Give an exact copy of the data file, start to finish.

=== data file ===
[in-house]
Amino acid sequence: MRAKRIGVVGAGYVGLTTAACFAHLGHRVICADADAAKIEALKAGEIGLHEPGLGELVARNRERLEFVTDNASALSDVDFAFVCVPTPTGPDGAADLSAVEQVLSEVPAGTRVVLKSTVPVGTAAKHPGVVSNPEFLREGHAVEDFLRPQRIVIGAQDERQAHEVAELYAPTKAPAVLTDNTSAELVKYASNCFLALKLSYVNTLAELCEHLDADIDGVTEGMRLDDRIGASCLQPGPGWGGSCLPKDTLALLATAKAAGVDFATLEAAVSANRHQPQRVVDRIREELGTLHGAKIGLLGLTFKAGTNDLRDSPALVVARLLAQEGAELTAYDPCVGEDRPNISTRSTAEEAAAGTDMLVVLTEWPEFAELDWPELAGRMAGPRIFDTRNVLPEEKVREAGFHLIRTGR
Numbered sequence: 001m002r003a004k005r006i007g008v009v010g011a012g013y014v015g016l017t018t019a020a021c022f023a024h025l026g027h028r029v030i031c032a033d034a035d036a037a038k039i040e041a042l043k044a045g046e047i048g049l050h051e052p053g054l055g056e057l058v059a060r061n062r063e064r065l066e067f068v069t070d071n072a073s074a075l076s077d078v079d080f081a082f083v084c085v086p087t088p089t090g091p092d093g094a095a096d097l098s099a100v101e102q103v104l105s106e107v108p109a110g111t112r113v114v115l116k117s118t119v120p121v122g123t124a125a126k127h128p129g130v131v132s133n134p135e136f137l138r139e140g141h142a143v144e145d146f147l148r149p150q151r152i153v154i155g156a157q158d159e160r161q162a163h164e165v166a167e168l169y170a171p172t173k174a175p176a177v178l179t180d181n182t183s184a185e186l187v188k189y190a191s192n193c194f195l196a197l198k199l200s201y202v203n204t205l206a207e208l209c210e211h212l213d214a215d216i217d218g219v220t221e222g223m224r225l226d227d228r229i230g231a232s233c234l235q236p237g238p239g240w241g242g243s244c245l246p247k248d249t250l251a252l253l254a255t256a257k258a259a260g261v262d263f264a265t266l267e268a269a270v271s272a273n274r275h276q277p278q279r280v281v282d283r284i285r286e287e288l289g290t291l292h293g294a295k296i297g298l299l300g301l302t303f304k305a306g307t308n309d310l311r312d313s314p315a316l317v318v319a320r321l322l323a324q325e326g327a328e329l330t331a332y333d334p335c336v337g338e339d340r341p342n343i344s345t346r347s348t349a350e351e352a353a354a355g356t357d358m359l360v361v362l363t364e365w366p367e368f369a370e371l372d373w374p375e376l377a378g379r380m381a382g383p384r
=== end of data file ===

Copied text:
[in-house]
Amino acid sequence: MRAKRIGVVGAGYVGLTTAACFAHLGHRVICADADAAKIEALKAGEIGLHEPGLGELVARNRERLEFVTDNASALSDVDFAFVCVPTPTGPDGAADLSAVEQVLSEVPAGTRVVLKSTVPVGTAAKHPGVVSNPEFLREGHAVEDFLRPQRIVIGAQDERQAHEVAELYAPTKAPAVLTDNTSAELVKYASNCFLALKLSYVNTLAELCEHLDADIDGVTEGMRLDDRIGASCLQPGPGWGGSCLPKDTLALLATAKAAGVDFATLEAAVSANRHQPQRVVDRIREELGTLHGAKIGLLGLTFKAGTNDLRDSPALVVARLLAQEGAELTAYDPCVGEDRPNISTRSTAEEAAAGTDMLVVLTEWPEFAELDWPELAGRMAGPRIFDTRNVLPEEKVREAGFHLIRTGR
Numbered sequence: 001m002r003a004k005r006i007g008v009v010g011a012g013y014v015g016l017t018t019a020a021c022f023a024h025l026g027h028r029v030i031c032a033d034a035d036a037a038k039i040e041a042l043k044a045g046e047i048g049l050h051e052p053g054l055g056e057l058v059a060r061n062r063e064r065l066e067f068v069t070d071n072a073s074a075l076s077d078v079d080f081a082f083v084c085v086p087t088p089t090g091p092d093g094a095a096d097l098s099a100v101e102q103v104l105s106e107v108p109a110g111t112r113v114v115l116k117s118t119v120p121v122g123t124a125a126k127h128p129g130v131v132s133n134p135e136f137l138r139e140g141h142a143v144e145d146f147l148r149p150q151r152i153v154i155g156a157q158d159e160r161q162a163h164e165v166a167e168l169y170a171p172t173k174a175p176a177v178l179t180d181n182t183s184a185e186l187v188k189y190a191s192n193c194f195l196a197l198k199l200s201y202v203n204t205l206a207e208l209c210e211h212l213d214a215d216i217d218g219v220t221e222g223m224r225l226d227d228r229i230g231a232s233c234l235q236p237g238p239g240w241g242g243s244c245l246p247k248d249t250l251a252l253l254a255t256a257k258a259a260g261v262d263f264a265t266l267e268a269a270v271s272a273n274r275h276q277p278q279r280v281v282d283r284i285r286e287e288l289g290t291l292h293g294a295k296i297g298l299l300g301l302t303f304k305a306g307t308n309d310l311r312d313s314p315a316l317v318v319a320r321l322l323a324q325e326g327a328e329l330t331a332y333d334p335c336v337g338e339d340r341p342n343i344s345t346r347s348t349a350e351e352a353a354a355g356t357d358m359l360v361v362l363t364e365w366p367e368f369a370e371l372d373w374p375e376l377a378g379r380m381a382g383p384r